“Maintenance” (formerly known as alimony) is the amount of money one spouse pays to the other, by court order or by agreement, for support and maintenance of the recipient spouse.


  • Permanent: This type of maintenance is to be paid in periodic installments (weekly or monthly, for example) until one of the termination factors is met.
  • Temporary/Reviewable: This type of maintenance lasts for a specific period of time, sometimes with a review to determine whether maintenance should continue.
  • Rehabilitative: This is paid for a fixed period, after which it automatically terminates, to allow the recipient time to become financially self supporting.
  • Lump sum/“Maintenance in Gross”: This type of maintenance is a fixed sum, which may be payable in one payment or a schedule of periodic payments.

Termination Events

May include the following, but may not be applicable to all types of maintenance:

  1. Death of payor or recipient;
  2. The recipient’s remarriage;
  3. The expiration of the maintenance period (if any);
  4. The failure to petition for a review to extend maintenance (if in agreement);
  5. When the recipient cohabits with another person on a continuing conjugal basis.

Elements of Maintenance and Factors for Awarding Maintenance

The two important elements of maintenance are the amount of the monthly obligation and how long that obligation will last.  In Illinois, Section 504 of the Illinois Marriage and Dissolution of Marriage Act (750 ILCS 5/504) governs maintenance.  The statute provides specific guidelines for the calculation of maintenance for married couples with a combined annual gross income of $250,000.00 or less.  Further, the statute provides guidelines for the duration of maintenance.  Generally, short-term marriages would involve no maintenance, or maintenance for a very short period of time.  Longer marriages are likely to see a longer duration of maintenance, and marriages of twenty years or more could end with a indefinite (permanent) maintenance obligation.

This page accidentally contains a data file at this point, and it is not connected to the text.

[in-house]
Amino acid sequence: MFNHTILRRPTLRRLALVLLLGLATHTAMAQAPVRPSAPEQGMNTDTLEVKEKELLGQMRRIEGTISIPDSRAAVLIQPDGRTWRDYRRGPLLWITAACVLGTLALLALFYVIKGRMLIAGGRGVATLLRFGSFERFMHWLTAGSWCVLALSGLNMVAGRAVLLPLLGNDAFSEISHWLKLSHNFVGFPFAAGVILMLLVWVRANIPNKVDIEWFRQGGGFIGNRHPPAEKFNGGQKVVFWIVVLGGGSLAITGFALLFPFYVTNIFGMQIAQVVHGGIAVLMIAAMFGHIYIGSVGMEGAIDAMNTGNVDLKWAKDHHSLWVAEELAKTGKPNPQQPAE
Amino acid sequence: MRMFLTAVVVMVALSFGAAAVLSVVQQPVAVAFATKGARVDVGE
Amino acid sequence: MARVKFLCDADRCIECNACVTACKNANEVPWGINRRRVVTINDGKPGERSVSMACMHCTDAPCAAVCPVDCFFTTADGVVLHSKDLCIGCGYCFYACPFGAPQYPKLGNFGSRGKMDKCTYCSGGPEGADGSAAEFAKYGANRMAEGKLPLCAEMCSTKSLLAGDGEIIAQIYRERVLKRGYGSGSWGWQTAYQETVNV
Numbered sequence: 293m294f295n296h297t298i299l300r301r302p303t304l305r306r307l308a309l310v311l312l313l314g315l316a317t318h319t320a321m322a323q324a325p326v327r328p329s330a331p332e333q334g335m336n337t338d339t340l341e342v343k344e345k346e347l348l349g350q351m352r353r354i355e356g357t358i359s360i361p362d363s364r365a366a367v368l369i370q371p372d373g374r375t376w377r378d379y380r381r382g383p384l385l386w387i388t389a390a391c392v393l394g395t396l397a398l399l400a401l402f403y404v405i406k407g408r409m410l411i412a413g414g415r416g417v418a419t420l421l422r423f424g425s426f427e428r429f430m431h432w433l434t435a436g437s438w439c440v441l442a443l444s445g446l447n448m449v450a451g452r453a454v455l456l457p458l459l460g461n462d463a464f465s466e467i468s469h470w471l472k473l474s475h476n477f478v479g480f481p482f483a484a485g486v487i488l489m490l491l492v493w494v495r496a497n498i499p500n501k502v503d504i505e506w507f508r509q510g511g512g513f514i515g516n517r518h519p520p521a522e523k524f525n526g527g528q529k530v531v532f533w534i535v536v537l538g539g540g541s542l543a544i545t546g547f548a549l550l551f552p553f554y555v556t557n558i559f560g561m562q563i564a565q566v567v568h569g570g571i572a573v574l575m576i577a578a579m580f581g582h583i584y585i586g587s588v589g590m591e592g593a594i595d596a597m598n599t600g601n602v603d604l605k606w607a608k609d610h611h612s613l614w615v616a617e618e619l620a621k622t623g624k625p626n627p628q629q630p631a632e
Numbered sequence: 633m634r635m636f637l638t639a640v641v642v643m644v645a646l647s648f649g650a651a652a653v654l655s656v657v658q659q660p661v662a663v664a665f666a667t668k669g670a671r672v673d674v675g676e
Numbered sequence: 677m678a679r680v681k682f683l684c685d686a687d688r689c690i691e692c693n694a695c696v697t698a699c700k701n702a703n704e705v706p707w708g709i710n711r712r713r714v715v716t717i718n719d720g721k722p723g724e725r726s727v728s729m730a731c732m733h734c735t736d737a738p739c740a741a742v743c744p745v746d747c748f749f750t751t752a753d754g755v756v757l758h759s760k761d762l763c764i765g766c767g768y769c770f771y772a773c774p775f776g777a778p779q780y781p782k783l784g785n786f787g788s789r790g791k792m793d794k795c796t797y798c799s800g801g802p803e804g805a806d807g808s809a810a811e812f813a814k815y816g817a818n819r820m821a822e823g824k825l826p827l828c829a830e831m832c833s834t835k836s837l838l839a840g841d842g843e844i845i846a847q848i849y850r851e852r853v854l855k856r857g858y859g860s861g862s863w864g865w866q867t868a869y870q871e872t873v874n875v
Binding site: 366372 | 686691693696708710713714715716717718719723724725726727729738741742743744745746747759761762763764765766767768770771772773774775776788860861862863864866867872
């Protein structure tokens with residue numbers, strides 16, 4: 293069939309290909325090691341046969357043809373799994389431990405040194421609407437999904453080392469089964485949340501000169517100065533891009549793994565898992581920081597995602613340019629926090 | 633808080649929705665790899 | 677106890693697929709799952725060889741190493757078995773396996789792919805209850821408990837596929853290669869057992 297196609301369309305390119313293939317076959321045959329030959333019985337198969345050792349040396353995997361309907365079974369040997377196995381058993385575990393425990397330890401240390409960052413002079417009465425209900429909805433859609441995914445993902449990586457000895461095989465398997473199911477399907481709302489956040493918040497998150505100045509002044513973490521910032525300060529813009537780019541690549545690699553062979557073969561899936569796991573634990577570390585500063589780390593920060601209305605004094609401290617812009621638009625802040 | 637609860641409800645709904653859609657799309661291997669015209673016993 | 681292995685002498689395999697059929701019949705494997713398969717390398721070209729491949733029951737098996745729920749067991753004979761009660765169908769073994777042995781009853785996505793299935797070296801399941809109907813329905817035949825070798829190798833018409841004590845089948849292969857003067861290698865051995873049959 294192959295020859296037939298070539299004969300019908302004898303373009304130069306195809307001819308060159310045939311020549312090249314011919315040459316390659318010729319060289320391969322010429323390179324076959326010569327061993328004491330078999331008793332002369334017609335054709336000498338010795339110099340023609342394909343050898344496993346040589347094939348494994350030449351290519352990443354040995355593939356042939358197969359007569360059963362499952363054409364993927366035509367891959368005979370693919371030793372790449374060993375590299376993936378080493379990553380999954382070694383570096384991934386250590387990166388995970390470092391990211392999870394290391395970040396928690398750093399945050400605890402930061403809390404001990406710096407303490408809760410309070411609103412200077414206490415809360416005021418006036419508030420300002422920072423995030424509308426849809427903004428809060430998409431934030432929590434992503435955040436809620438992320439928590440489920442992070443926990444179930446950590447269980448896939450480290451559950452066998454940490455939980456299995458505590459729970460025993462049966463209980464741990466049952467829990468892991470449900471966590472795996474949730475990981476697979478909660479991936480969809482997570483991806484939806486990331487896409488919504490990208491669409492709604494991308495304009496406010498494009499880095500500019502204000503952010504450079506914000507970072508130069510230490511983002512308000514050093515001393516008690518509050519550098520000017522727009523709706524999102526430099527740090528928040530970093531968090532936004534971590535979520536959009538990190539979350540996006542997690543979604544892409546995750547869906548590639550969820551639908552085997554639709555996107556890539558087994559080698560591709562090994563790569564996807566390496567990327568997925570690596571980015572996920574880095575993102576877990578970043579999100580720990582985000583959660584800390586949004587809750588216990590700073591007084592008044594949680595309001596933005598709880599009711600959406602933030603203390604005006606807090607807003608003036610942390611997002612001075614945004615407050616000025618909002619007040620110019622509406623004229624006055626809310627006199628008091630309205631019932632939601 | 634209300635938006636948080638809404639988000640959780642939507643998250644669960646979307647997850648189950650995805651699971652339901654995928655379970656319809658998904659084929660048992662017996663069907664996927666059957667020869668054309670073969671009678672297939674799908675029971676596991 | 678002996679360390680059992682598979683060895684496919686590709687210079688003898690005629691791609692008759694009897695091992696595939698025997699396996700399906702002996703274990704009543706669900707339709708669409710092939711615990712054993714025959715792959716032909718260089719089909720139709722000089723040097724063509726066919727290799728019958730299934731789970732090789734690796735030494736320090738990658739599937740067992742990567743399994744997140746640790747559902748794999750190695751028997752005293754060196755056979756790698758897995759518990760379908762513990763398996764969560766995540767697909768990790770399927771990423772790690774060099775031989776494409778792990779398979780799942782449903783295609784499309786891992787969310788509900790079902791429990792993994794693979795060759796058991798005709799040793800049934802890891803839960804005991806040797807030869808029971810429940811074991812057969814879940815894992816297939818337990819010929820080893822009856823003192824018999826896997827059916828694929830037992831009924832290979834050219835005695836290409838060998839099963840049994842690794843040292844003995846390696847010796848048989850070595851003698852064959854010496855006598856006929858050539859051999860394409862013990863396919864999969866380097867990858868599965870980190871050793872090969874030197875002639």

As every case is different, the court must consider the individual resources and needs of each party in deciding whether whether a maintenance award is appropriate.  Factors for the court’s consideration may include the following:

  • Age of each party
  • Physical and mental capacity
  • Income/Earning capacity (ability or inability)
  • Education
  • Need
  • Duration of marriage
  • Marital property division
  • Non-Marital property


For new cases, maintenance is now based on the net incomes of the parties.  As such, maintenance in this situation is no longer taxable to the recipient and no longer tax deductible to the payor.  However, if the original maintenance award was based on gross incomes, future maintenance awards will continue to be taxable to the recipient and tax deductible to the payor.